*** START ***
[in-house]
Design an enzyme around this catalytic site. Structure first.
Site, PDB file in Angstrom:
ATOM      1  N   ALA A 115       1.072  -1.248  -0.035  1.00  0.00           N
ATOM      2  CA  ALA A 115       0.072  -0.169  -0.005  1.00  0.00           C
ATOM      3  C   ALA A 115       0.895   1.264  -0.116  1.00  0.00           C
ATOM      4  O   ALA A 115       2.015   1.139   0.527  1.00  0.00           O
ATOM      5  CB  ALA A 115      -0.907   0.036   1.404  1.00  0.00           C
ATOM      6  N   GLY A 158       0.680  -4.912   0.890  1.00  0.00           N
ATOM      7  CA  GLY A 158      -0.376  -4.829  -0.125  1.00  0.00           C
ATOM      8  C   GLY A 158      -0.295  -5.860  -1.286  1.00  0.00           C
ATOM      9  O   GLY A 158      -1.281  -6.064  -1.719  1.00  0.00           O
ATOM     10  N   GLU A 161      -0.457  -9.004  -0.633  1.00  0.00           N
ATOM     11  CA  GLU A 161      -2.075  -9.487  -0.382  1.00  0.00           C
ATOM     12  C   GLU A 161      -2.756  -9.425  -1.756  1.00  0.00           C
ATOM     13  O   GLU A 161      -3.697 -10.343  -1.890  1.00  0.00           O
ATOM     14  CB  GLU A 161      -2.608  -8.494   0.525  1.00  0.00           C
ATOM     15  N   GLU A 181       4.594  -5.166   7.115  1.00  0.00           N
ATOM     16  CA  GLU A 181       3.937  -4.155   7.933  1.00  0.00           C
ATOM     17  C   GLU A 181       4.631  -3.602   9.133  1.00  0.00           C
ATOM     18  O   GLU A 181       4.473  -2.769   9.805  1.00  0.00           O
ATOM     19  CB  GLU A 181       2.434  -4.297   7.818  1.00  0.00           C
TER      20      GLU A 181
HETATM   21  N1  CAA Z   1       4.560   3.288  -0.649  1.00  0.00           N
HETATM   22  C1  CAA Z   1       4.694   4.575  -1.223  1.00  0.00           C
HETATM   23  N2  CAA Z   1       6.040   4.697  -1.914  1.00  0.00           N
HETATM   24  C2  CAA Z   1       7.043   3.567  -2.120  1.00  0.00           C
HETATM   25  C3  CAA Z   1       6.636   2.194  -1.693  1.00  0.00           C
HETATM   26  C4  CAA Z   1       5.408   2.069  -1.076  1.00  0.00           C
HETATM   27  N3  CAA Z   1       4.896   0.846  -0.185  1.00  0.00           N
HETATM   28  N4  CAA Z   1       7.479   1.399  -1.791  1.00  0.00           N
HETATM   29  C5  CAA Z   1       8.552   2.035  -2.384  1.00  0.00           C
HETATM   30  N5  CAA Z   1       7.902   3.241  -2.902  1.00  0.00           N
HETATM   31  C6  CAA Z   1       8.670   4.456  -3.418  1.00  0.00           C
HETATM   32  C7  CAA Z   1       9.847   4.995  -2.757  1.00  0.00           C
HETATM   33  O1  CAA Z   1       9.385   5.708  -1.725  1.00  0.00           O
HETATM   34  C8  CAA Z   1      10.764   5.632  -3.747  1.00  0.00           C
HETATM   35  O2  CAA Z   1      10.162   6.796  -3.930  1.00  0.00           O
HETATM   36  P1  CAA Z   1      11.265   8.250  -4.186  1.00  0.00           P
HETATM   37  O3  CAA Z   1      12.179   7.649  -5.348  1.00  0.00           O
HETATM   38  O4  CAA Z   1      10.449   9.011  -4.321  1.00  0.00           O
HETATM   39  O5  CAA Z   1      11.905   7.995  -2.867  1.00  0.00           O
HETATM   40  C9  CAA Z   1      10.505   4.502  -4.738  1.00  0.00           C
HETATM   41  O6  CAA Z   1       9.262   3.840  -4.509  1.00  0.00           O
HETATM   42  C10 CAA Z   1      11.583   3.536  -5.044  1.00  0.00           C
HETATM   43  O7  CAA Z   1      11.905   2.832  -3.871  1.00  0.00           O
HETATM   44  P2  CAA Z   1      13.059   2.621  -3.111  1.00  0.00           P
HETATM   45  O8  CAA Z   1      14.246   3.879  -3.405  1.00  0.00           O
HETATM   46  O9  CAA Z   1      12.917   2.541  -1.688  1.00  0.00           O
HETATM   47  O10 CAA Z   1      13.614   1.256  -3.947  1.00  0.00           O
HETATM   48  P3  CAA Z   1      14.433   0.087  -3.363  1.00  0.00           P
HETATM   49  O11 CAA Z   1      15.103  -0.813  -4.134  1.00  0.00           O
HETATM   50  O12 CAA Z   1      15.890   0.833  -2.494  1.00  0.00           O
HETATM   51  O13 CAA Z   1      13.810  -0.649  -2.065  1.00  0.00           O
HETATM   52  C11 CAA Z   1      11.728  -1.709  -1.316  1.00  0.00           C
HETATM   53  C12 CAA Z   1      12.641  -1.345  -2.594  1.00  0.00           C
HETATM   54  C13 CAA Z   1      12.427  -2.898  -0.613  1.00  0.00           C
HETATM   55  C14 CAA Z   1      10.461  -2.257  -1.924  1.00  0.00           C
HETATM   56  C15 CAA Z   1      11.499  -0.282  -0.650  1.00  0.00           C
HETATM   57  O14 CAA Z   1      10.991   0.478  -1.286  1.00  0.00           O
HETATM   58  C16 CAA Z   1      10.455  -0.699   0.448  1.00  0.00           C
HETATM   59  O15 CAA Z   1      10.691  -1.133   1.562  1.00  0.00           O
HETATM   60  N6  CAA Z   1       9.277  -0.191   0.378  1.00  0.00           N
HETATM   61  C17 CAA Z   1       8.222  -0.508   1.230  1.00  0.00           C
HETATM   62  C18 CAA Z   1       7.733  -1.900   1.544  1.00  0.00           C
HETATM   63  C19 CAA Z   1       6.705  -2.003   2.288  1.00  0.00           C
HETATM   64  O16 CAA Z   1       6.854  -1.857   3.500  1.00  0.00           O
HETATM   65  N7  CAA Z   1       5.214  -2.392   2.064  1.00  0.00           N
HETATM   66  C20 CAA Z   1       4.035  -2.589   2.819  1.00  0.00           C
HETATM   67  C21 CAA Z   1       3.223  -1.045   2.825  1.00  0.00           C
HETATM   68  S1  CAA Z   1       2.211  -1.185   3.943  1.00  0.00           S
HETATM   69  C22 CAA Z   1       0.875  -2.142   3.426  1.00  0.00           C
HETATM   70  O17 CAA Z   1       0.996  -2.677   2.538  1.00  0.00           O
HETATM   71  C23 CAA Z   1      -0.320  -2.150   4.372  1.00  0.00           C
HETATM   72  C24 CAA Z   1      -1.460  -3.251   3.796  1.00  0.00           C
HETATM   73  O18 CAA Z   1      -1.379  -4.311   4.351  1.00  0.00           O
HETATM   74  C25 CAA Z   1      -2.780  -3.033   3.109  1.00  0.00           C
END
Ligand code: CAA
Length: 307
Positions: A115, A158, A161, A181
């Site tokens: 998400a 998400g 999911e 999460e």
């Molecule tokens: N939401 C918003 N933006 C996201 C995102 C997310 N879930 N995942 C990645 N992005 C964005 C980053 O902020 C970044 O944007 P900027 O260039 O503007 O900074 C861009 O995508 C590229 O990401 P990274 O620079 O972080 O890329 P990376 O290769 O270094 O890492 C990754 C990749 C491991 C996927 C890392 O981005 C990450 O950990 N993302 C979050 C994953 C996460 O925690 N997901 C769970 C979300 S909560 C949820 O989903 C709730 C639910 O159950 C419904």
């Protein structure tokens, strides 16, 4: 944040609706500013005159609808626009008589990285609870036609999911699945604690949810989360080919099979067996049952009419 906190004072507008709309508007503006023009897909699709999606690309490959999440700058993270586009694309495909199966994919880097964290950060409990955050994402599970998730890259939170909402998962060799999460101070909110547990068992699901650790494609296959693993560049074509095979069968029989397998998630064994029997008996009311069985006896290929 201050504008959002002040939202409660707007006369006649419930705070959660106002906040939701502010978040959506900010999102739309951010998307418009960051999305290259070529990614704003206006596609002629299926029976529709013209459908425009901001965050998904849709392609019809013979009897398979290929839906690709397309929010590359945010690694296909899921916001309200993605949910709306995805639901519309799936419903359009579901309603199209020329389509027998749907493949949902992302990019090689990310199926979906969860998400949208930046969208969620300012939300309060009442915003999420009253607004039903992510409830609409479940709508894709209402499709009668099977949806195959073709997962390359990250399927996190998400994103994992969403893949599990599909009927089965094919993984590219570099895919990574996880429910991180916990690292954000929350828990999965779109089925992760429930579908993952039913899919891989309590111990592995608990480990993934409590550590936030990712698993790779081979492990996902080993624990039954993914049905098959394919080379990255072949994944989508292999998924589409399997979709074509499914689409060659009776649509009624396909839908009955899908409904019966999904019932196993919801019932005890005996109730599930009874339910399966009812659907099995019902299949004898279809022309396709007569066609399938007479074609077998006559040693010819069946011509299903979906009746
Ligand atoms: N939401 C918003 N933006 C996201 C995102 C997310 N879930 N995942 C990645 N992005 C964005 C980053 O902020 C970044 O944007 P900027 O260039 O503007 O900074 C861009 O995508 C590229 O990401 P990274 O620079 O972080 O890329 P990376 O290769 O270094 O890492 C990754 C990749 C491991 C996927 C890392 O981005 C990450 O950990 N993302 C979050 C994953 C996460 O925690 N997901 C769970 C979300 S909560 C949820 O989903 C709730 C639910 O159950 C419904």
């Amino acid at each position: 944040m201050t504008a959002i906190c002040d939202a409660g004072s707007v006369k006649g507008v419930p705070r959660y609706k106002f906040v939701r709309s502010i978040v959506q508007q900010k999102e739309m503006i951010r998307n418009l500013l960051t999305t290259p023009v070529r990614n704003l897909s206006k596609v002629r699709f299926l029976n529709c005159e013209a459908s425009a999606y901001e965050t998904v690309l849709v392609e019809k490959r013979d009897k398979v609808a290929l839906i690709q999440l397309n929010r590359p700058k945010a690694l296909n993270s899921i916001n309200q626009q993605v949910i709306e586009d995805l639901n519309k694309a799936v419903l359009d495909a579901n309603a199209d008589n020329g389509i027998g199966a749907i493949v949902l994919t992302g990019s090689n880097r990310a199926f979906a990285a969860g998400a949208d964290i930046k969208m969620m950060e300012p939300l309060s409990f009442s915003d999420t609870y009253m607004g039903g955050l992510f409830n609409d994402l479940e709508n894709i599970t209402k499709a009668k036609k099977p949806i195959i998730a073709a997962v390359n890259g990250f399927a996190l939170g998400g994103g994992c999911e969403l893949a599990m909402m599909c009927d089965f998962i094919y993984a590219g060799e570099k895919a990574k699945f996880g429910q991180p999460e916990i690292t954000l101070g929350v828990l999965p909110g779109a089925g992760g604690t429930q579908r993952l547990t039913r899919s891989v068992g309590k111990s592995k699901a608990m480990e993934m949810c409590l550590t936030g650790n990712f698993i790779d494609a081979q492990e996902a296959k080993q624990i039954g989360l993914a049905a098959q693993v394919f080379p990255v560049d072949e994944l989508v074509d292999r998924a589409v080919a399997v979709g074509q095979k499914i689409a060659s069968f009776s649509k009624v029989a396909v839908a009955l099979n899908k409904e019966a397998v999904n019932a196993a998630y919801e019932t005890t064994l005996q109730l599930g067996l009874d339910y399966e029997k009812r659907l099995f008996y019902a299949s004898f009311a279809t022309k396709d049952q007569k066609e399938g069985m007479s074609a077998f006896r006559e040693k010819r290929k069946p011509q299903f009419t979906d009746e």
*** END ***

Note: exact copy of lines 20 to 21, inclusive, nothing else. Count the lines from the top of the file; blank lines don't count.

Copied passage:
ATOM     17  C   GLU A 181       4.631  -3.602   9.133  1.00  0.00           C
ATOM     18  O   GLU A 181       4.473  -2.769   9.805  1.00  0.00           O